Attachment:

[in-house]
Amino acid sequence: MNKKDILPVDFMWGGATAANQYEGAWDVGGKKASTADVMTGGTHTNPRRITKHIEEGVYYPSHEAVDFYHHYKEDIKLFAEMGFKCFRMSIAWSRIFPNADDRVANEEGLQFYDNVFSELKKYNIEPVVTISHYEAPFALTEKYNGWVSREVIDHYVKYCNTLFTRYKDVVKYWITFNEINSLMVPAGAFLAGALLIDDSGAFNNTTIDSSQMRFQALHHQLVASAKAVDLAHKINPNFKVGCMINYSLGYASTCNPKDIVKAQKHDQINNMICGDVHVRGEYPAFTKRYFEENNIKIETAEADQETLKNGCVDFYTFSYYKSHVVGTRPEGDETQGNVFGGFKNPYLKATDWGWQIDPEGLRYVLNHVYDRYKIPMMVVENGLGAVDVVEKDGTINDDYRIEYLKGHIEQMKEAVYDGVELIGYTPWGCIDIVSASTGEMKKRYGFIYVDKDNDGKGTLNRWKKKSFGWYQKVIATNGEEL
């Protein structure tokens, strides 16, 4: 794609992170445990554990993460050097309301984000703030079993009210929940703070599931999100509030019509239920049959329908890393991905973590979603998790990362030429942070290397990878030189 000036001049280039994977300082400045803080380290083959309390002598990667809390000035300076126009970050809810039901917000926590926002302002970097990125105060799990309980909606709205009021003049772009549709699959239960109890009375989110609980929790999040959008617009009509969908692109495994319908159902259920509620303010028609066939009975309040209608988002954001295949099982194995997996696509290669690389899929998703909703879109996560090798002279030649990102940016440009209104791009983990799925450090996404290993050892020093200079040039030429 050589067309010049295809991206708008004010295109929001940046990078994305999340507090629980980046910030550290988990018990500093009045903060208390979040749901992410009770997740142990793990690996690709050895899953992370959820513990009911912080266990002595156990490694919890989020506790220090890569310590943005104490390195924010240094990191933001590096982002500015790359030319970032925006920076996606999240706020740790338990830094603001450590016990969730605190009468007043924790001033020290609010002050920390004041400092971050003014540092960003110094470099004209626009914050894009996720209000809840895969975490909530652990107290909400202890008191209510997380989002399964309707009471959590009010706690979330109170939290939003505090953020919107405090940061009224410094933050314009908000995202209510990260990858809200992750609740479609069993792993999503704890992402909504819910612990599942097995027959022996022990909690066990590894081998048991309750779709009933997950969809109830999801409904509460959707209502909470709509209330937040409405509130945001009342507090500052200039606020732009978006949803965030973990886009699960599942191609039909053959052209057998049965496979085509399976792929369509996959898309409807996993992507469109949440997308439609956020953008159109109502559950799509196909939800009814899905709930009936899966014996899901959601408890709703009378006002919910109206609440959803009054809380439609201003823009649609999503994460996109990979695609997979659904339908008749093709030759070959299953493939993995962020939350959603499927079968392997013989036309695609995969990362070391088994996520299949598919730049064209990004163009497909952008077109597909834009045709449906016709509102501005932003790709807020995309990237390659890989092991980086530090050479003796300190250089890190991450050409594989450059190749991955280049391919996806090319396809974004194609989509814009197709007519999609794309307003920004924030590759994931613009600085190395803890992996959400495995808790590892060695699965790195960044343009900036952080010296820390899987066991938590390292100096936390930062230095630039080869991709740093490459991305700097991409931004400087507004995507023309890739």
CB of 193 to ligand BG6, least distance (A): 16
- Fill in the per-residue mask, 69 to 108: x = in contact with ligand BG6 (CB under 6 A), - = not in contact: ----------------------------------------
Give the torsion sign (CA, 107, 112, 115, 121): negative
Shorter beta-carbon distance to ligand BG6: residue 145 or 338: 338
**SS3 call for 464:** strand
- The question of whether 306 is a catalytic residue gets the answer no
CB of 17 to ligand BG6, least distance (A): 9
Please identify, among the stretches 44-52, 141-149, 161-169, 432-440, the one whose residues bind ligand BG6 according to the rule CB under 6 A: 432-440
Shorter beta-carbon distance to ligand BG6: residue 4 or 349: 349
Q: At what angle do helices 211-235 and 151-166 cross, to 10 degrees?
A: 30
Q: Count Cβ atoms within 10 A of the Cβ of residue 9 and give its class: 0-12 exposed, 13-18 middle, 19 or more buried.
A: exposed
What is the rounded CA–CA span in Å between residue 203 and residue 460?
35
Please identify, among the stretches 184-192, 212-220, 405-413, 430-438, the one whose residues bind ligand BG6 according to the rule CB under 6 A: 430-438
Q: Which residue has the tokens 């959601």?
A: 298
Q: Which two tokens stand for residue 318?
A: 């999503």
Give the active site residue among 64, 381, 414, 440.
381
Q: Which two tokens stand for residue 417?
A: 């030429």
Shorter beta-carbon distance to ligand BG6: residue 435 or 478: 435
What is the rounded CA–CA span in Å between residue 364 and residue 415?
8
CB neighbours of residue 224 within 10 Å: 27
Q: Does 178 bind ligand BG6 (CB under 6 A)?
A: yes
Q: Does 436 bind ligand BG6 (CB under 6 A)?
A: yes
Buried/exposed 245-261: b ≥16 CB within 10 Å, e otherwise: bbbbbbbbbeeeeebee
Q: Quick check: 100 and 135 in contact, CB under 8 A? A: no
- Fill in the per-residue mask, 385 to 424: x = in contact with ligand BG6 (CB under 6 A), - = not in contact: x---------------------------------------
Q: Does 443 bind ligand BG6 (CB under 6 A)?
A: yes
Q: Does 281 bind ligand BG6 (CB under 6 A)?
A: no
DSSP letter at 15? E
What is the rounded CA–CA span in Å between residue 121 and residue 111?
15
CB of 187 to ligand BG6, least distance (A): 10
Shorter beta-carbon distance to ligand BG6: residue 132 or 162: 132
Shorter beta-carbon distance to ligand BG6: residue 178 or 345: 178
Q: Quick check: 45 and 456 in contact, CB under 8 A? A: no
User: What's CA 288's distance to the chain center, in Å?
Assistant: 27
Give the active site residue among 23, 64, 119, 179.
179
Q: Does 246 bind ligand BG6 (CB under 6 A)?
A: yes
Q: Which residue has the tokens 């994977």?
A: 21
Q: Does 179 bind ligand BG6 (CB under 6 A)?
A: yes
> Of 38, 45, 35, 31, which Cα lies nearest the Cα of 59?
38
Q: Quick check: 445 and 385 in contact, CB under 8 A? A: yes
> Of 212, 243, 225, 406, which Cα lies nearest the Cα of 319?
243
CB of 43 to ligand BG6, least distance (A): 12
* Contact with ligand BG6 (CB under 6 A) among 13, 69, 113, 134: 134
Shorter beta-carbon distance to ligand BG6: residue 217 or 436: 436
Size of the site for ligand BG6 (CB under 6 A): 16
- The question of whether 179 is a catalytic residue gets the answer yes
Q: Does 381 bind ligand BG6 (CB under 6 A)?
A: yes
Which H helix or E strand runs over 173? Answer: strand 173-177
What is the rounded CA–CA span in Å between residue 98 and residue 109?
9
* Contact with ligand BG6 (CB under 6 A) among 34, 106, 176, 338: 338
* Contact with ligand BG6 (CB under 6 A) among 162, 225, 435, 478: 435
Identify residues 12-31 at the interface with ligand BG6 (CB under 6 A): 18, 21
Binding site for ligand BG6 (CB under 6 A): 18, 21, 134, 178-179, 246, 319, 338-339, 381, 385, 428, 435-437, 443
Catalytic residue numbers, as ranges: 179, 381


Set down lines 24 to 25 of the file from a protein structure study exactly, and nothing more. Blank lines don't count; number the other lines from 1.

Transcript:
Give the active site residue among 64, 381, 414, 440.
381